Today, we visit the Maxwell Museum of Anthropology in Albuquerque, part of the University of New Mexico campus. The museum houses and displays artefacts from Ancestral Puebloan cultures from over 11,000 years of history. After lunch, we visit Acoma Pueblo with a Pueblo Indian guide. A federally recognised Indian Tribe, Acoma Pueblo has a land base over 430,000 acres. The 250 dwellings atop Acomas 75 metre tall sandstone mesa are the ceremonial and spiritual home for 4,800 tribal members, one of the oldest continually inhabited communities in the United States of America.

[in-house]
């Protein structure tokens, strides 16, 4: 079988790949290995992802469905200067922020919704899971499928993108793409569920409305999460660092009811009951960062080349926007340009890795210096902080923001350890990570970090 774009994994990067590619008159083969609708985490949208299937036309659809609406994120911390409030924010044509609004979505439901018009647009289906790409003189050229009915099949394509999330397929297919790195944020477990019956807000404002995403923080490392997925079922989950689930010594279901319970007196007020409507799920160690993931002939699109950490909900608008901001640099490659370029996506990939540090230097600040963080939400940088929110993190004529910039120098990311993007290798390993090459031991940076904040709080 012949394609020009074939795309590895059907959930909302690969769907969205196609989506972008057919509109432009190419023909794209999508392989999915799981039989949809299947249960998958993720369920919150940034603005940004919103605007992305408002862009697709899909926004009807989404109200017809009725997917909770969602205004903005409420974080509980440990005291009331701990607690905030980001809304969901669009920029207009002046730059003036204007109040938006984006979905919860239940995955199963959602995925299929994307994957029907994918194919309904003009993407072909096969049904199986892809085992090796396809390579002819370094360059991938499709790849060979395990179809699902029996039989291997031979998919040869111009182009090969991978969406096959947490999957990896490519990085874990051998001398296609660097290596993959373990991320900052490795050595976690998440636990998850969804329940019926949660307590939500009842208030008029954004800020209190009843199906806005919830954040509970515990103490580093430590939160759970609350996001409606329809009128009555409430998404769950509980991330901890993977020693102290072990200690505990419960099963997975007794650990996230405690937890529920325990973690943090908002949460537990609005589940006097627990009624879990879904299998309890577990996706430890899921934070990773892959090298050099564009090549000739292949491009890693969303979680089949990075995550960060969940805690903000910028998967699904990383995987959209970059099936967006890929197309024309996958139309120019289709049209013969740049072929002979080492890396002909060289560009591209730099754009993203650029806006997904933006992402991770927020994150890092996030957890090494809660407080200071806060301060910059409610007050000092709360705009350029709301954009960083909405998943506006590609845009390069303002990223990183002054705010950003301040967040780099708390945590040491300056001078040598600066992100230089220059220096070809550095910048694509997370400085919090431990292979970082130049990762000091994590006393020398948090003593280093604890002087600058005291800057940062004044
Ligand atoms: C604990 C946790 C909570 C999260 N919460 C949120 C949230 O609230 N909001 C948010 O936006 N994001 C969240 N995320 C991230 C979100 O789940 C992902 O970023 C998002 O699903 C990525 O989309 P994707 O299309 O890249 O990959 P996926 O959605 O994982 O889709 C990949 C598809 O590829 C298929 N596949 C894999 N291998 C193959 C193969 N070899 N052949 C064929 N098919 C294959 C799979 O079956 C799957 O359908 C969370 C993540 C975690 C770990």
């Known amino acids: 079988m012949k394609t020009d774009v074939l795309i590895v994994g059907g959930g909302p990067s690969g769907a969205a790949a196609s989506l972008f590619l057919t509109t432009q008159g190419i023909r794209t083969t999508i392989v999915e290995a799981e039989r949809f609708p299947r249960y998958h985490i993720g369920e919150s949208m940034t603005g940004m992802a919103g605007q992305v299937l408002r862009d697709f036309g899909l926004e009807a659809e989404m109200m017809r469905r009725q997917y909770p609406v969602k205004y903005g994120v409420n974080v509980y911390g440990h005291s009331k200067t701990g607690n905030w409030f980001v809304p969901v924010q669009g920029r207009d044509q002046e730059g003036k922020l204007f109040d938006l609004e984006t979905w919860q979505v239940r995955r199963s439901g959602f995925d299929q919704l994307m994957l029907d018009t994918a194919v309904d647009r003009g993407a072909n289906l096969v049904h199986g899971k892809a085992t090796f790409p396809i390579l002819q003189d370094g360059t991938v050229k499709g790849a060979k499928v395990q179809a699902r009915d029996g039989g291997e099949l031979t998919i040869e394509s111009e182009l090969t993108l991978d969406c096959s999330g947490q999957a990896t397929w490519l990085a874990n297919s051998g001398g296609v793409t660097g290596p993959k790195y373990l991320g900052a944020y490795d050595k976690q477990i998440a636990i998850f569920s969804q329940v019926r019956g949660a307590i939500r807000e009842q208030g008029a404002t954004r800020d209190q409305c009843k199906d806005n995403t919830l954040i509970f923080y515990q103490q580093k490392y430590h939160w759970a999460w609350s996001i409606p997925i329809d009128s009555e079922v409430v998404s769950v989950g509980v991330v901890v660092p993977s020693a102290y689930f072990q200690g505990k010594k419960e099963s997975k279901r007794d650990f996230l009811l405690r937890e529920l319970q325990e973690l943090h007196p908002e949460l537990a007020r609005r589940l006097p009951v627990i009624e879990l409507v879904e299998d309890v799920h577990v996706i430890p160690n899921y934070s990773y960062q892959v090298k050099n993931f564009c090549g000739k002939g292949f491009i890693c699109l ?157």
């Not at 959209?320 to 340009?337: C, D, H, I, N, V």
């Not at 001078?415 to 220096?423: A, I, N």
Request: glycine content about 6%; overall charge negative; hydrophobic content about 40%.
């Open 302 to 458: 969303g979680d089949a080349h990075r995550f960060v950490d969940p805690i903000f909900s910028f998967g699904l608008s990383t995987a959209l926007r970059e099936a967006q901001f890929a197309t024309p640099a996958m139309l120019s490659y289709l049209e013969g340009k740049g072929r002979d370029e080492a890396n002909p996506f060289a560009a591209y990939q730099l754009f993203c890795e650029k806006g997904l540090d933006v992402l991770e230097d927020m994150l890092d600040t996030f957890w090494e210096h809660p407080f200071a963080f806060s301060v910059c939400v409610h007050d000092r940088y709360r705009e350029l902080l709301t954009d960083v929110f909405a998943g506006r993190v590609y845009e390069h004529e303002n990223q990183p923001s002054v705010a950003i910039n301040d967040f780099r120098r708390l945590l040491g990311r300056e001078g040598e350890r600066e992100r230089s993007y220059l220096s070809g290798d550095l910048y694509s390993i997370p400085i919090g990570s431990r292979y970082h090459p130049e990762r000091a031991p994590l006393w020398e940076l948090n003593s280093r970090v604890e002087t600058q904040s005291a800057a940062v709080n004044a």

For our next day of adventure, we drive out to the remote Chaco Canyon — a UNESCO World Heritage Site — to visit the monumental ruins of 1,000-year-old Pueblo Bonito, the largest great house surviving from Chaco culture, and the other great houses of Chetro Ketl and Casa Rinconada. Chaco was a regional centre — some say, capital — for a vast region around the “Four Corners” of New Mexico, Colorado, Utah and New Mexico. Later on, we continue to the “wild west” town of Durango, which is our base for the next two days. The surrounding landscape of Durango is diverse and often dramatic, spanning from the red sandstone bluffs of the Animas River Valley to the jagged peaks of the San Juan Mountains, a few of which rise to heights of over 4,000 metres. To the west lie arid desert lands, and to the north, lies the southern border of the vast two million acre San Juan National Forest.